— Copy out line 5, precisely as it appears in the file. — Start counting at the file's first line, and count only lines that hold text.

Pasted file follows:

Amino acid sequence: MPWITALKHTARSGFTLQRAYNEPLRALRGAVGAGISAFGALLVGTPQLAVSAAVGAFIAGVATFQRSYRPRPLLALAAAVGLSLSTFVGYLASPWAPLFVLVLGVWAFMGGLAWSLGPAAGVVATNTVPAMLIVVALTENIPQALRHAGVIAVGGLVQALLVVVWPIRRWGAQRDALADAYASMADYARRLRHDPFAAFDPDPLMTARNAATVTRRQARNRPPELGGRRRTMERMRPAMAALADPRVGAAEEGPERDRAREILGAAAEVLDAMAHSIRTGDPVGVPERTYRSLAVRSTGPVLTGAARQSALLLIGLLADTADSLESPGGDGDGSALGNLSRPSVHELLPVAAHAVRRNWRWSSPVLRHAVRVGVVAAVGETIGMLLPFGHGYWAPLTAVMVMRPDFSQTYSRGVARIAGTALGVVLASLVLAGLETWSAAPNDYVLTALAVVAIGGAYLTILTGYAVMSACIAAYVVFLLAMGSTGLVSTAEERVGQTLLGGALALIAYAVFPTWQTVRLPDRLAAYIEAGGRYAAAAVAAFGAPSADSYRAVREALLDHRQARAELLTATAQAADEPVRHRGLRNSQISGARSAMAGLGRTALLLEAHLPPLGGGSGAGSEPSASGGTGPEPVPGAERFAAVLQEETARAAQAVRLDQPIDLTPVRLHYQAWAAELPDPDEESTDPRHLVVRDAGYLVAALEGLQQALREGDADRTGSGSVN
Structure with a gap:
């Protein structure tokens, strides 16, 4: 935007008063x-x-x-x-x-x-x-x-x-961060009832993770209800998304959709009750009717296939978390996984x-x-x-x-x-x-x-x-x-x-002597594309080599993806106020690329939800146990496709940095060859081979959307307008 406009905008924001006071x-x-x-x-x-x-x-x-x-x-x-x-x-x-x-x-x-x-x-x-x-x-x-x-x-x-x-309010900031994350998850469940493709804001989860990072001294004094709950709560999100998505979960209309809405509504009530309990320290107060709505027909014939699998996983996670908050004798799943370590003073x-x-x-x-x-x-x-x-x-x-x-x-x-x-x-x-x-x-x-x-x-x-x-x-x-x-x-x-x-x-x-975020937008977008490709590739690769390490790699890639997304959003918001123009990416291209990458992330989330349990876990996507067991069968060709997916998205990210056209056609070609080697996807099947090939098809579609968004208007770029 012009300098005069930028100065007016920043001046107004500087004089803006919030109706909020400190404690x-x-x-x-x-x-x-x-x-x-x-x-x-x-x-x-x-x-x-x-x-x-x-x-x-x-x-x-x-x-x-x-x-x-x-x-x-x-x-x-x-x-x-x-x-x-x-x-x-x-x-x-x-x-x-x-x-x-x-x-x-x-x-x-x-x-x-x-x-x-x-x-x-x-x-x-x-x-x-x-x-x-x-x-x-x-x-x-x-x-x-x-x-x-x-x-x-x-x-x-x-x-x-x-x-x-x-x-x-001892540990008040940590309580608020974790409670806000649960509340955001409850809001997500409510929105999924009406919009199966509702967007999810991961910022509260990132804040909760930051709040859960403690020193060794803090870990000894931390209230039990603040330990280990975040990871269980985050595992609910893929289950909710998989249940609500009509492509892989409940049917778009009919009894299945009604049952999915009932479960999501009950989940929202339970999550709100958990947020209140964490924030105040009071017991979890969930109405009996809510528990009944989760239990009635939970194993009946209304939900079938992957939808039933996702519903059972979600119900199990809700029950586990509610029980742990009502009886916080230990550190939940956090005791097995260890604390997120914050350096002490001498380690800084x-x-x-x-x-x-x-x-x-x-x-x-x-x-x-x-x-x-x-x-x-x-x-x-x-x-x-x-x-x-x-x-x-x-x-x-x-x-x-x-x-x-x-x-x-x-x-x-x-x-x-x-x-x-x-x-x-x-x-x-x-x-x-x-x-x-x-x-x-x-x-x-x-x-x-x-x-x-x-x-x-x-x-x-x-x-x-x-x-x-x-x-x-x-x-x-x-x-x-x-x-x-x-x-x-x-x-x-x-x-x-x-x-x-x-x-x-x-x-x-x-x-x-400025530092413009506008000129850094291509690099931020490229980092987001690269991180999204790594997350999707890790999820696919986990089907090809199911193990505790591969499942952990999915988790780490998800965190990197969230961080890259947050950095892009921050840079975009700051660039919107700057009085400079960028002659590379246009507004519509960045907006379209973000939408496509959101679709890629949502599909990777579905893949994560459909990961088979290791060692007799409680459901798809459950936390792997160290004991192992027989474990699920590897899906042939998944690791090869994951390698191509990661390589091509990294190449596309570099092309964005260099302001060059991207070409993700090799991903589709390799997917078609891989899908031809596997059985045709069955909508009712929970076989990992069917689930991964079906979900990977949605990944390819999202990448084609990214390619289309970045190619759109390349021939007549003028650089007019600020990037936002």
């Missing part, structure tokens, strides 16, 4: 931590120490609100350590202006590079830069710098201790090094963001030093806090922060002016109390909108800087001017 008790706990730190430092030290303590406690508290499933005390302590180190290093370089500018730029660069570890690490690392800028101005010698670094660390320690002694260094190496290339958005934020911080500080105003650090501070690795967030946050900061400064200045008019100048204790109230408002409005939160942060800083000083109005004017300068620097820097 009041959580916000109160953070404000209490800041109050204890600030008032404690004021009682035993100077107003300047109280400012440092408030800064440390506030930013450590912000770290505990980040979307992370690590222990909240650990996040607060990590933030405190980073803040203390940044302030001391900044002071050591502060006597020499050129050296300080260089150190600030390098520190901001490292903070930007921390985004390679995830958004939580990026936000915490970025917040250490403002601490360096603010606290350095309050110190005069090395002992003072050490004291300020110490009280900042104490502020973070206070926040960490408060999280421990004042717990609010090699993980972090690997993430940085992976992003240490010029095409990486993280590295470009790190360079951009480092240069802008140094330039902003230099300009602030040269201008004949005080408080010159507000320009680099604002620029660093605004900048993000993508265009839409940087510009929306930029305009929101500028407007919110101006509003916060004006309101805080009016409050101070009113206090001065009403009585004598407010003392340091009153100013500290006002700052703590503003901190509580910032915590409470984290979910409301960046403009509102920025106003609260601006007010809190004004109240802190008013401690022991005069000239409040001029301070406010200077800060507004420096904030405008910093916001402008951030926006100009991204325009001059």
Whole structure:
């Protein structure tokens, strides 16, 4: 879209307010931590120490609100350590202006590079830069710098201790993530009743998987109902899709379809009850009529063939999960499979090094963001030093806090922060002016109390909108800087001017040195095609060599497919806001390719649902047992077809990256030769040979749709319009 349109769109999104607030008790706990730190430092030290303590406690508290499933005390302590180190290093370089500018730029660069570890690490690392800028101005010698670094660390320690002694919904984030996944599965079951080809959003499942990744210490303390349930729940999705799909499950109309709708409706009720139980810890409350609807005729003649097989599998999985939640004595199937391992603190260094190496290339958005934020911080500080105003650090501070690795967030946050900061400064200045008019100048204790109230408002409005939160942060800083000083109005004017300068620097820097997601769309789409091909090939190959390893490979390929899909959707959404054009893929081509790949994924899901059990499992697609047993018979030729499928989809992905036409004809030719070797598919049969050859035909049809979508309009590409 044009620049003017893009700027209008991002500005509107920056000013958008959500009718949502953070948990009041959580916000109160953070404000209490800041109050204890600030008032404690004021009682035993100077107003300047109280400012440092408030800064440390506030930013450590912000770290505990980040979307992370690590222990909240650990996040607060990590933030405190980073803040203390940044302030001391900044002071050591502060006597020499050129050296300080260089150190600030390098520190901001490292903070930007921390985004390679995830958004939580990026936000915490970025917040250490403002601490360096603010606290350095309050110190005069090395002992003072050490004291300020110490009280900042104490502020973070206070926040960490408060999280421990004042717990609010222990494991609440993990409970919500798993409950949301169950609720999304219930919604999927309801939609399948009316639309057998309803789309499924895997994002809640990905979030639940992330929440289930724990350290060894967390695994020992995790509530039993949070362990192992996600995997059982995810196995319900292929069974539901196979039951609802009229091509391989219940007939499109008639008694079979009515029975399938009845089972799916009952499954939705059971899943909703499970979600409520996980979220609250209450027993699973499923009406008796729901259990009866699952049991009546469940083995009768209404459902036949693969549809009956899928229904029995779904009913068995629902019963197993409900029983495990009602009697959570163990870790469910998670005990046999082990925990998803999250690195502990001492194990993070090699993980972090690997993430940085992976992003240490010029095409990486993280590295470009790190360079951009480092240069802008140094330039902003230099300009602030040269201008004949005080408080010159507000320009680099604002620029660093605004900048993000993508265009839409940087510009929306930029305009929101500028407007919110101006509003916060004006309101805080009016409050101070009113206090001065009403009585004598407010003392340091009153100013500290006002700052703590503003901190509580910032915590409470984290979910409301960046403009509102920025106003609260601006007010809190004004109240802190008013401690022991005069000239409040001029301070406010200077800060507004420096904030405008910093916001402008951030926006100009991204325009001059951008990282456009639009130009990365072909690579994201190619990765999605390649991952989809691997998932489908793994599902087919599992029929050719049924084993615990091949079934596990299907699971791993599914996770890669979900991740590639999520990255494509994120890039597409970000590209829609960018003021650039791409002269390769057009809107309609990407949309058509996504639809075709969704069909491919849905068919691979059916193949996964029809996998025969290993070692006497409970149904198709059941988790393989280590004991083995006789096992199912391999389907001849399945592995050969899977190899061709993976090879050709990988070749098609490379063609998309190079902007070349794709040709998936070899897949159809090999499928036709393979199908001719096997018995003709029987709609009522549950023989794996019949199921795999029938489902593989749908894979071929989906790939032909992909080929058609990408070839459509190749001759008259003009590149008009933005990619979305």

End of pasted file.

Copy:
Whole structure: